This morning I was looking through one of my AmeriCorps scrapbooks – I served three terms – and thought about the ways I understood youth involvement 10 years ago. Those were different times for me, when I was tied deeply into my own experience and hadn’t critically examined a lot of the assumptions I had. My head was full of weighty considerations and even some painful memories, as a lot of my attempts to make my voice heard as a youth were squelched, suppressed and negated. However, I was also filled with an optomism, a hope that youth involvement could stretch far beyond just showing up and earning the accolades that adults had laid out for me. At 23 I saw youth involvement as a door opening for young people to sit with adults and work as partners and really be members of their communities – I just couldn’t put a finger on what that looked like.
Here I am 10 years on, and this morning I read an article by Bono in the New York Times. He’s bragging about his time with Frank Sinatra, and says once Sinatra told him that, “Being modern is not about the future, its about the present.” That is what I love about modernity, is that its so present, and I think that is the challenge of youth involvement: instead of focusing on some fuzzy unrelatable past or some foggy hopeful future, youth demand that we focus on now. As an adult I have often found fault with that thinking, lambasting the sentiment behind it for not being sustainable or considerate or whatever… but there’s a deeper lesson within it that I think we’ve got to give credence. The urgent necessity of now is that we not look away, look ahead, look behind, but rather that we look forward and around, seeing and hearing and breathing and believing that presence of the present.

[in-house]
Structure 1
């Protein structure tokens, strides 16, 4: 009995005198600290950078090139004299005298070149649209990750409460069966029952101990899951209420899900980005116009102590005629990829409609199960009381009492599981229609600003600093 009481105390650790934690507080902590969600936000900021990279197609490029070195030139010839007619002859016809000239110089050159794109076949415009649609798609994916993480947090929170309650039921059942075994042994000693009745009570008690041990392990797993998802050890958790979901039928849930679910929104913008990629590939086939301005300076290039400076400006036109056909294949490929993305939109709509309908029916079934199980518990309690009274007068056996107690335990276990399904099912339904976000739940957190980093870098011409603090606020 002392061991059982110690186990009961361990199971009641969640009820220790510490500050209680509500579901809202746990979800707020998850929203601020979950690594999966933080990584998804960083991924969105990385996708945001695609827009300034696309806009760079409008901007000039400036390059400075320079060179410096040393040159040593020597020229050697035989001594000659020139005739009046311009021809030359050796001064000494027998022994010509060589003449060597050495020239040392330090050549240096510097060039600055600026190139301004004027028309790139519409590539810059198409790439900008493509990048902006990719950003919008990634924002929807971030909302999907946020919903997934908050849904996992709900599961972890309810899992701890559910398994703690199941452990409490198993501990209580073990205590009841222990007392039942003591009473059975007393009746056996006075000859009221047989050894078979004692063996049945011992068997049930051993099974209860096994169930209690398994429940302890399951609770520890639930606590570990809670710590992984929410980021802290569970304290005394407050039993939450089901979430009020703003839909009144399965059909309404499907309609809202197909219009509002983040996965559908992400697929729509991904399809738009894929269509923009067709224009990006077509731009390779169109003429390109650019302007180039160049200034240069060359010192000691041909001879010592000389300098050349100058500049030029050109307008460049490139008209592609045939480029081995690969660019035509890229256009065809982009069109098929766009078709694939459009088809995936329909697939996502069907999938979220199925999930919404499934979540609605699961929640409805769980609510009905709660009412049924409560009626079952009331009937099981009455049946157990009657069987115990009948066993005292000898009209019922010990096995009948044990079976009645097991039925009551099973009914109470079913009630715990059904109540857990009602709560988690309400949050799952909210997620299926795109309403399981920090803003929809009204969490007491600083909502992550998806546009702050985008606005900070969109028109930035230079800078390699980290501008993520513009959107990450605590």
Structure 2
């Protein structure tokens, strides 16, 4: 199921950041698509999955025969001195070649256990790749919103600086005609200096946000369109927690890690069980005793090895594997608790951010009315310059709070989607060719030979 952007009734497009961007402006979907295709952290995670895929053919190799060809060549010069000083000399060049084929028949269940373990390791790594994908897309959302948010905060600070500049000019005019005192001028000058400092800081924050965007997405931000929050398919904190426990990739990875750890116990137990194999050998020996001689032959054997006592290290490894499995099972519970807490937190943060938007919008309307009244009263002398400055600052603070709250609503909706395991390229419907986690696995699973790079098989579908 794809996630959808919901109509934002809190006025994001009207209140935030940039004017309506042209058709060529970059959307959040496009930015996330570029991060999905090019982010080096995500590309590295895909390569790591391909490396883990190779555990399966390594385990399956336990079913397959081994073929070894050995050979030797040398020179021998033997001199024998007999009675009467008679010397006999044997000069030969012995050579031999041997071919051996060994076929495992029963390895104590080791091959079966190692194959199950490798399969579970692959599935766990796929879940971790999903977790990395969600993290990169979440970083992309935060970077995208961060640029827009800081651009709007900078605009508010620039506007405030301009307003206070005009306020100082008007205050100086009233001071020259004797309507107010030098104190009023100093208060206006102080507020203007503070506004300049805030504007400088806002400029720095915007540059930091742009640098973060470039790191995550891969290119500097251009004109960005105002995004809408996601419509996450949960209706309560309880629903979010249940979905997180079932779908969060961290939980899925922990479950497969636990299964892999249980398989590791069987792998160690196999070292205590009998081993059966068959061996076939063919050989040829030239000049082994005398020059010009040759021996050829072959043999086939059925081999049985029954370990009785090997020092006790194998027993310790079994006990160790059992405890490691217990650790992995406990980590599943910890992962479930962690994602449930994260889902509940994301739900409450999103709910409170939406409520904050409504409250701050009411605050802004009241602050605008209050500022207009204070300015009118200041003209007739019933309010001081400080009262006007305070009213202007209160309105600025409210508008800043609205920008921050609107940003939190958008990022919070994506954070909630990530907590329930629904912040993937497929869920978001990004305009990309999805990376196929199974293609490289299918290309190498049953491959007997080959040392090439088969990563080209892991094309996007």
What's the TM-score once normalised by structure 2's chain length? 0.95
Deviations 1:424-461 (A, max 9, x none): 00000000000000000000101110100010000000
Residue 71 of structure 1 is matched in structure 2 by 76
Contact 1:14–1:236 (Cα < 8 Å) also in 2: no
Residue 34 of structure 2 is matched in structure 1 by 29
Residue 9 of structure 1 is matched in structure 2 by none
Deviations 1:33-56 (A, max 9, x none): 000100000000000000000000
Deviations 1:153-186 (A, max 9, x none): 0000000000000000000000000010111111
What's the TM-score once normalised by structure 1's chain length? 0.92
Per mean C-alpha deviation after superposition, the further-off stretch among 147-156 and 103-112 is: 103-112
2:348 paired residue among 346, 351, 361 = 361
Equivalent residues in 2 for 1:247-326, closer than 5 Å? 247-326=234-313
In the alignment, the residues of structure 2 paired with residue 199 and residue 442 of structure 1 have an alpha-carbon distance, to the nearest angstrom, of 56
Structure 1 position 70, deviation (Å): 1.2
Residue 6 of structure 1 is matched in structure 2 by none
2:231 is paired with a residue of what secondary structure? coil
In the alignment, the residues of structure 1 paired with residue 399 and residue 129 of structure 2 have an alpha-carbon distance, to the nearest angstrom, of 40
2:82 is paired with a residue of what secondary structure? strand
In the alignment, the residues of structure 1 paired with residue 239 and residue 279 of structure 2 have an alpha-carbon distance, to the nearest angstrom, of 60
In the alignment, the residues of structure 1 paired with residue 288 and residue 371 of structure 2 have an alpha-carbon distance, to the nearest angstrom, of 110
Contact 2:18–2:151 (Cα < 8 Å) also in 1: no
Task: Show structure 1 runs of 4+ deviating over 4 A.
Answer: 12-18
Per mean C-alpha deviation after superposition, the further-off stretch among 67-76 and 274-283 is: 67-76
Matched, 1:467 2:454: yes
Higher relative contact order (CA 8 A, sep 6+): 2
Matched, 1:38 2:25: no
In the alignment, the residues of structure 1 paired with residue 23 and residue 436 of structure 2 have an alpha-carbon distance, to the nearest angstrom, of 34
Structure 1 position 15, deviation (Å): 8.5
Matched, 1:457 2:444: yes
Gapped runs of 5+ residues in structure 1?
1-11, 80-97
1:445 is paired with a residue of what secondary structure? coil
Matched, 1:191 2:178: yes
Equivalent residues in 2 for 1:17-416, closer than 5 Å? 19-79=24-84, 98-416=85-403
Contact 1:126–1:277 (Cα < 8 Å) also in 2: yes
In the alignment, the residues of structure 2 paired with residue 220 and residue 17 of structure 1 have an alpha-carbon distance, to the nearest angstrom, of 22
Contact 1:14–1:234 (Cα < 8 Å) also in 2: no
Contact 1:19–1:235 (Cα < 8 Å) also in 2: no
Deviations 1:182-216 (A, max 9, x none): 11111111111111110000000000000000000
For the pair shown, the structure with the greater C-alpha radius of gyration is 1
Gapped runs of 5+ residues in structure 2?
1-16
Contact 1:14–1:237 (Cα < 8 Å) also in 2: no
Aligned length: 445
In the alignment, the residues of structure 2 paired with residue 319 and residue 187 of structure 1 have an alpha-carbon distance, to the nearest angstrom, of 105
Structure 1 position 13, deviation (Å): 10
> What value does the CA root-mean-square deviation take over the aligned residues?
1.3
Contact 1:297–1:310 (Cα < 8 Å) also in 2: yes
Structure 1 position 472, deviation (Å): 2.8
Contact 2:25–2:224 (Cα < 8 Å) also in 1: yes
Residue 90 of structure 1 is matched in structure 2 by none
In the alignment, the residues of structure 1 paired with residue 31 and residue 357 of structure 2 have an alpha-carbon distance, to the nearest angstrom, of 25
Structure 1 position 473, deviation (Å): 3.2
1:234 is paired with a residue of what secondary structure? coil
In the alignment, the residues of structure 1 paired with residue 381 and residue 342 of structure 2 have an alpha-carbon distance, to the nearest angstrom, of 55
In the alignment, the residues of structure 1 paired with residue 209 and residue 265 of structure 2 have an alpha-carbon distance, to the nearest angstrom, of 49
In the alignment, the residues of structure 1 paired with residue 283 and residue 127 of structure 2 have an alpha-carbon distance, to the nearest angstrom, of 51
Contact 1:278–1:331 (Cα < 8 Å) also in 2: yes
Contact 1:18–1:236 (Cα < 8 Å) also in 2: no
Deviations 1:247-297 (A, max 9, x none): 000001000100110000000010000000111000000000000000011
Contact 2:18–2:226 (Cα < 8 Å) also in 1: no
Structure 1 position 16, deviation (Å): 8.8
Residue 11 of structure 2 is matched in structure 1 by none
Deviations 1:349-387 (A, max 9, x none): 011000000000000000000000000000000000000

Thoreau once wrote that, “You must live in the present, launch yourself on every wave, find your eternity in each moment. Fools stand on their island opportunities and look toward another land. There is no other land, there is no other life but this.” Let’s find the eternity of youth by considering their moment, which is inherently fleeting. Rather than entrench our hope in some future we bestow on them, let’s embrace the duality, complexity and depth of urgency of today and now, which is the only time we are guarenteed to share with our young allies.
This consideration for modernity calls us to raise the stakes and outcomes we are seeking from youth involvement. Rather than attempting to educate young people that they’re working for some remote and intangible future, we suddenly becomed forced to acknowledge their agenda.
This is backed by scientific literature [*note: I can’t find any good free online literature about this; email me for a short bibliography] about the brain and comprehension that shows there are major differences between how children understand time and how adults understand time. One of those differences, and there are many, is that young children aren’t able to conceptualize the abstract basis of “the future.” What does that mean for a 4-year-old picking up trash with her mom for a service project? As young people reach their middle teens they have a more complete understanding of the past and an emerging interest in the future; however, their ability to plan and consider the future is still remote and disjointed from their present.
I think that differentiation has radical implications for youth involvement. It doesn’t mean that we stop thinking about the future, or challenging young people to consider the future; however, I believe it does mean that consider more than the future. Rather, we should seek to help children and youth understand how their actions, ideas, knowledge and wisdom affect the present, this moment, right now. If we can’t answer that question ourselves then perhaps we need to think about the same.
That’s how we can get to the point: There is an urgency to Youth Voice, and an urgency to the present. Let’s meet the challenge that’s implicit in that.